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MARIN—Dungeness season already took a hit. Now, the largest oyster company in the North Bay, Drakes Bay, has been forced to close as a result of last week's oil spill, putting more than half of the state's oyster supply at risk. Furthermore, the closure may put Drakes out of business: "The state Department of Fish and Game 'told us to expect losses,' [owner Kevin] Lunny said. 'It doesn't take much to harm filter feeders (oysters). The oil clogs up their gills and they die.' ... Drakes Bay produces more than 80 percent of Marin County's $3.3 million in farmed shellfish annually. All of the county's other oyster farms are located in Tomales Bay. 'We're potentially looking at millions of dollars worth of product losses and a year and a half without production.'" P.S. Here are just a few of the restaurants that serve Drakes Bay oysters: Zuni, Slanted Door, Fish, Aqua, Farallon and Swan Oyster Depot (pictured). [Marin Independent Journal]
DUBLIN—Yeah, what the hell is in Dublin? Well, ironic twists for one. The New York Times did a whole story yesterday on the tribulations of Scott Adams, creator of the "Dilbert" comic strip and owner of Stacey’s at Waterford, as he has evolved into the pointy-haired boss of his parodies: "So, in July, he agreed to take over day-to-day operations of Stacey’s at Waterford, thus becoming what he has consistently ridiculed: a boss ... In interviews authorized by their generously self-deprecating boss, employees describe him as trusting and appreciative, full of off-the-wall ideas about how to turn around the business, and dramatically clueless about the harsh realities of the restaurant industry." [NYT]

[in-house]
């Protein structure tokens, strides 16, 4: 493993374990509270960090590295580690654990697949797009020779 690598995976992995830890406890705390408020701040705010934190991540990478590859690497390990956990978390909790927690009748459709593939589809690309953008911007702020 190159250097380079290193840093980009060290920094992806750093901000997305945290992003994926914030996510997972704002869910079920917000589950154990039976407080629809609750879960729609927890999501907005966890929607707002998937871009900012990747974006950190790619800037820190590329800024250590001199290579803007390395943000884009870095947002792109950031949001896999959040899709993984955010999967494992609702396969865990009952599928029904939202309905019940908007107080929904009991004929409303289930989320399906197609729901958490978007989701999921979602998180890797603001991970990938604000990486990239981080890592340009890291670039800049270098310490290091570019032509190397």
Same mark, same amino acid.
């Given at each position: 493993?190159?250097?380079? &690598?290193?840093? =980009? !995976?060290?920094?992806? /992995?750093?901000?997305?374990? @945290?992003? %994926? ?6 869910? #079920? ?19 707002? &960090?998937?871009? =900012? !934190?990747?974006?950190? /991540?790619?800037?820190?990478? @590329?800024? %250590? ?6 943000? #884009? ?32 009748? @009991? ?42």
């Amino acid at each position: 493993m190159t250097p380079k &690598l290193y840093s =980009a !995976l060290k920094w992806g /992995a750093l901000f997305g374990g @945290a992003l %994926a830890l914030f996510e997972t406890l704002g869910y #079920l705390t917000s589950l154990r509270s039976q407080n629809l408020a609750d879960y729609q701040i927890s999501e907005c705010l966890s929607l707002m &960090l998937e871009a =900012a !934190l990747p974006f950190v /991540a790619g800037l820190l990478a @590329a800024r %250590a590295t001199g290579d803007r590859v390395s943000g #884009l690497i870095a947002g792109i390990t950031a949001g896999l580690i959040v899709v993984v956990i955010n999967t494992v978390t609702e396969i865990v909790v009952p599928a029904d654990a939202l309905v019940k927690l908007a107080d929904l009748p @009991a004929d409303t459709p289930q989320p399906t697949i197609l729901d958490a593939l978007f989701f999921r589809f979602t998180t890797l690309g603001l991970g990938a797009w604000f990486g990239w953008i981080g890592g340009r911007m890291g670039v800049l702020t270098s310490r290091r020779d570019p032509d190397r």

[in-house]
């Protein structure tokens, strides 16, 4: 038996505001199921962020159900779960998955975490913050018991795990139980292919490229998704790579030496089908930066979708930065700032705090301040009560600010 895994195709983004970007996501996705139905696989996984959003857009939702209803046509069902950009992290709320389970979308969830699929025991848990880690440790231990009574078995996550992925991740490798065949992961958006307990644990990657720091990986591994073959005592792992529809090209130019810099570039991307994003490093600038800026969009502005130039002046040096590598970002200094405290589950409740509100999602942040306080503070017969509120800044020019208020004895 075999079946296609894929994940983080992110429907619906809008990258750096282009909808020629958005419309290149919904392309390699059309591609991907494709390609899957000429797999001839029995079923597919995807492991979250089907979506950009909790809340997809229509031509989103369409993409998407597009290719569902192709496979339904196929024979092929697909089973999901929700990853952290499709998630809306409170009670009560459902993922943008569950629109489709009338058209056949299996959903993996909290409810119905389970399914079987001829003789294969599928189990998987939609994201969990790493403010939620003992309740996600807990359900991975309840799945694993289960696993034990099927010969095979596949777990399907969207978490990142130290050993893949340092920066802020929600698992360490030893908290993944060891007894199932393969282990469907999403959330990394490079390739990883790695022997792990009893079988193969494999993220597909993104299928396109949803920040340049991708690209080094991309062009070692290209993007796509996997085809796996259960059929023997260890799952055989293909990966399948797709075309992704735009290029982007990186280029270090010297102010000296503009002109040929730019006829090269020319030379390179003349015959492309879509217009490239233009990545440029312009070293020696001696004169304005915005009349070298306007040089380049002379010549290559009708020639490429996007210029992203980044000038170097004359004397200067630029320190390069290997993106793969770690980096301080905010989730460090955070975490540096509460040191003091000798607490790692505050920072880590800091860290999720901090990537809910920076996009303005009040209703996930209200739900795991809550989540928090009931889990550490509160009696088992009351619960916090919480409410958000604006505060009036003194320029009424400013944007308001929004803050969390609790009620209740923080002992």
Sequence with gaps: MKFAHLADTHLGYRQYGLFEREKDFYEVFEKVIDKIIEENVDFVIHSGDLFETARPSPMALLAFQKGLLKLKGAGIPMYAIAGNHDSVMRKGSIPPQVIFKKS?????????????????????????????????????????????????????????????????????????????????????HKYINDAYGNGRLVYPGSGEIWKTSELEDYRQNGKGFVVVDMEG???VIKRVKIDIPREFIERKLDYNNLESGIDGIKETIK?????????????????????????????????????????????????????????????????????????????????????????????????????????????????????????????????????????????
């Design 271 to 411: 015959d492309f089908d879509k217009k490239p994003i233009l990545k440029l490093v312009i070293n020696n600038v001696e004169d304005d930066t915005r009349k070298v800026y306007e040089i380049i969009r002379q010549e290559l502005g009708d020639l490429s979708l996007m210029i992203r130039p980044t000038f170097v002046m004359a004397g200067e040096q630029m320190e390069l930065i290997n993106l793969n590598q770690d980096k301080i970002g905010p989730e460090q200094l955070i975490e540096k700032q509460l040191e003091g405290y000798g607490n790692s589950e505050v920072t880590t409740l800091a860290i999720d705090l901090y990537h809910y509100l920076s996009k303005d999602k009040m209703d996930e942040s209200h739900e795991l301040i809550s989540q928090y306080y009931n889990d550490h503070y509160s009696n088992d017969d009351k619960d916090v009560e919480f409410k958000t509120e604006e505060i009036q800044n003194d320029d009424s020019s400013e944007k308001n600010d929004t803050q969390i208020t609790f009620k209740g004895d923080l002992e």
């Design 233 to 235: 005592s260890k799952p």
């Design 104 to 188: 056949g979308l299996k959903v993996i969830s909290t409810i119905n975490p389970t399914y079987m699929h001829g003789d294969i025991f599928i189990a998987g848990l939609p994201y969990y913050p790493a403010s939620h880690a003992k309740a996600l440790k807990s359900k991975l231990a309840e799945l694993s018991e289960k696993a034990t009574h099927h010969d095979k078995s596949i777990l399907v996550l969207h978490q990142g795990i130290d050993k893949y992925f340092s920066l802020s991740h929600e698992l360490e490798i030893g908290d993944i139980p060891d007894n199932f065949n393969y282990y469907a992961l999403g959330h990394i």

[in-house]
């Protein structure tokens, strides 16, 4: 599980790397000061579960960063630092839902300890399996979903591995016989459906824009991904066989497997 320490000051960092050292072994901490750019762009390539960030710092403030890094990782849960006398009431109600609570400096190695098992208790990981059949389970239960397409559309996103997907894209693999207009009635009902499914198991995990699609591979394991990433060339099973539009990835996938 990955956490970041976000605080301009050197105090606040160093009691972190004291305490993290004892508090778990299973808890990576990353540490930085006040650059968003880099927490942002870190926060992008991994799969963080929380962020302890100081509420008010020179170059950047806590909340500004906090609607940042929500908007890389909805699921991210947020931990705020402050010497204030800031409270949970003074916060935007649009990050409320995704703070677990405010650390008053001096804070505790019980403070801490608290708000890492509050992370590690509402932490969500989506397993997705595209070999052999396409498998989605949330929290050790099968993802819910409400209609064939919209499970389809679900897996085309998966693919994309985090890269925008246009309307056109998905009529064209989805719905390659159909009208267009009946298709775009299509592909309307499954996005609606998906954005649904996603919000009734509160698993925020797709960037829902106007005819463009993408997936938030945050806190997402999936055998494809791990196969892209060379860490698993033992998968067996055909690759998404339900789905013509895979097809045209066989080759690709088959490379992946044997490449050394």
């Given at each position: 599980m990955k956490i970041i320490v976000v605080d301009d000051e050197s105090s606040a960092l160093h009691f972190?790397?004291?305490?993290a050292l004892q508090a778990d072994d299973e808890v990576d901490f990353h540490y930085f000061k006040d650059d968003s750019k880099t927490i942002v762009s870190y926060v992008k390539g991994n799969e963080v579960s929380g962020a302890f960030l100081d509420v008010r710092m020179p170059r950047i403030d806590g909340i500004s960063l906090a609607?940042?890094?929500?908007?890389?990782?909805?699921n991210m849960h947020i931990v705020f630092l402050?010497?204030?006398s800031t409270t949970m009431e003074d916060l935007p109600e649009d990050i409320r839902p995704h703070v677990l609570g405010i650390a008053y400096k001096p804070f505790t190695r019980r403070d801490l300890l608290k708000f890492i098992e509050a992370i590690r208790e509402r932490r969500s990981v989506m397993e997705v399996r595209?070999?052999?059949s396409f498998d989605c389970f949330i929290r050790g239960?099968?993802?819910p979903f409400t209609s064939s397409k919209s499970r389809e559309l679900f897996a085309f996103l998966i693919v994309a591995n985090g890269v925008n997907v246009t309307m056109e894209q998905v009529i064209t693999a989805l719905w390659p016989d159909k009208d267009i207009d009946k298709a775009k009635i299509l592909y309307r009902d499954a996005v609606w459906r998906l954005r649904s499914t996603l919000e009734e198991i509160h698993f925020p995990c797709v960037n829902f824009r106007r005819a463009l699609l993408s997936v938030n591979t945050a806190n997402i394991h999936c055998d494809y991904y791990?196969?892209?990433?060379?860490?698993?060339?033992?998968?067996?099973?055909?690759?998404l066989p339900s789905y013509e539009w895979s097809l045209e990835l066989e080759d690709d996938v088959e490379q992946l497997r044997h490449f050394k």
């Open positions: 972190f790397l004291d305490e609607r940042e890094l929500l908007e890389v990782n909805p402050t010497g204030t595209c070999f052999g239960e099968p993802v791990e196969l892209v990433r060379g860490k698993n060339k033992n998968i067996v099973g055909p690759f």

THE RICHMOND—While some may argue that the Richmond is even more obscure than Dublin, well, there's no denying that it's foggy. In any event, the Balboa and 41st Avenue space that used to house the Russian restaurant Traktir—a graceful name by any measure—will soon be home to a restaurant called Yuzen. By the name, we're guessing it might be of the Japanese ilk. [EaterWire]